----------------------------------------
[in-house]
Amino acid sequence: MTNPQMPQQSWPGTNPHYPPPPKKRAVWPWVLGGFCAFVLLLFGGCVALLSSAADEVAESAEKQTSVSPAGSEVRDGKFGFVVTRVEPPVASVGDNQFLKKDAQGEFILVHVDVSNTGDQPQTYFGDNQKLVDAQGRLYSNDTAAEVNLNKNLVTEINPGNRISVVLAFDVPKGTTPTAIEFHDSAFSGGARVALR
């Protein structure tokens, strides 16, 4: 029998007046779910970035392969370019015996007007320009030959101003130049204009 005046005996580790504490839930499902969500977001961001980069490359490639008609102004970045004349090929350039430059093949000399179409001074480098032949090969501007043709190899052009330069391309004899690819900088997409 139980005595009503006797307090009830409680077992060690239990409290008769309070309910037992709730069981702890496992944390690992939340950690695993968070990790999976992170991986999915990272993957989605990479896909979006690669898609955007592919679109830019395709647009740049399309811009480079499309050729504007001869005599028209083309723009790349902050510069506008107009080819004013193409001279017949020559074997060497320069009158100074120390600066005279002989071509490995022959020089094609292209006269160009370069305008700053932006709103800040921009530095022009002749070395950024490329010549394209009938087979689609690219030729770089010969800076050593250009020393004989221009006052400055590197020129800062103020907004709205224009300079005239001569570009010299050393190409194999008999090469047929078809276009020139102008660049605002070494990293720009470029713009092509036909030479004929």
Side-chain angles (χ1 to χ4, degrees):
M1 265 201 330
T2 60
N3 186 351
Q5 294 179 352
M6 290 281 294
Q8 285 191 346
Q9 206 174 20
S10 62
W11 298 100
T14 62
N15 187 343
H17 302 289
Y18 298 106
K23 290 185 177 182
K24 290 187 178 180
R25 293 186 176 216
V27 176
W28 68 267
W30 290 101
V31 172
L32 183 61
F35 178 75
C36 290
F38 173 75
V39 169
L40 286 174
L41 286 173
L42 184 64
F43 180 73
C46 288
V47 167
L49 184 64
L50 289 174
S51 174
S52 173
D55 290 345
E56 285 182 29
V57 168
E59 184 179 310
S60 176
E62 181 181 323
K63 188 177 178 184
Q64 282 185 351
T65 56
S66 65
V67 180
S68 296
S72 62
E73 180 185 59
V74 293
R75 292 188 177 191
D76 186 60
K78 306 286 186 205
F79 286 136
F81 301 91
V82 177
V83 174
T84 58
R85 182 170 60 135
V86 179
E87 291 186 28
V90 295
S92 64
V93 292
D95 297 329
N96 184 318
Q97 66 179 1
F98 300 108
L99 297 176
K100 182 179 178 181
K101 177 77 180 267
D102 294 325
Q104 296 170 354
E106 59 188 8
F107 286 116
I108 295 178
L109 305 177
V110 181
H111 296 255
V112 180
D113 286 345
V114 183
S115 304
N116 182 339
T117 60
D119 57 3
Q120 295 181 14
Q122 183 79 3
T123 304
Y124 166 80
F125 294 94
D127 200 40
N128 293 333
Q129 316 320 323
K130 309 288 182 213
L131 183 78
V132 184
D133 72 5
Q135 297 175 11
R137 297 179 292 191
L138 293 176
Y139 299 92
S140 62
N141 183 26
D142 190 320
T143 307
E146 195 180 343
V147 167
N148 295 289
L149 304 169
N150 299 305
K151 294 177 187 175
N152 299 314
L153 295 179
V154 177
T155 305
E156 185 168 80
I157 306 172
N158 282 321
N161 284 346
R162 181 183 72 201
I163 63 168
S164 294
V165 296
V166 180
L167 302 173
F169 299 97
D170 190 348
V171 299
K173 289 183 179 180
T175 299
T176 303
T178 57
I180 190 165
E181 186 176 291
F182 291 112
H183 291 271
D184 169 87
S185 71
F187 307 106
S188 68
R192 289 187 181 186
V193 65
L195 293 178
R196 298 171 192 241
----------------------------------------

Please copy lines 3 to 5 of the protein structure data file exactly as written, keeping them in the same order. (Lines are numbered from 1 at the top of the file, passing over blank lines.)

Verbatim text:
């Protein structure tokens, strides 16, 4: 029998007046779910970035392969370019015996007007320009030959101003130049204009 005046005996580790504490839930499902969500977001961001980069490359490639008609102004970045004349090929350039430059093949000399179409001074480098032949090969501007043709190899052009330069391309004899690819900088997409 139980005595009503006797307090009830409680077992060690239990409290008769309070309910037992709730069981702890496992944390690992939340950690695993968070990790999976992170991986999915990272993957989605990479896909979006690669898609955007592919679109830019395709647009740049399309811009480079499309050729504007001869005599028209083309723009790349902050510069506008107009080819004013193409001279017949020559074997060497320069009158100074120390600066005279002989071509490995022959020089094609292209006269160009370069305008700053932006709103800040921009530095022009002749070395950024490329010549394209009938087979689609690219030729770089010969800076050593250009020393004989221009006052400055590197020129800062103020907004709205224009300079005239001569570009010299050393190409194999008999090469047929078809276009020139102008660049605002070494990293720009470029713009092509036909030479004929």
Side-chain angles (χ1 to χ4, degrees):
M1 265 201 330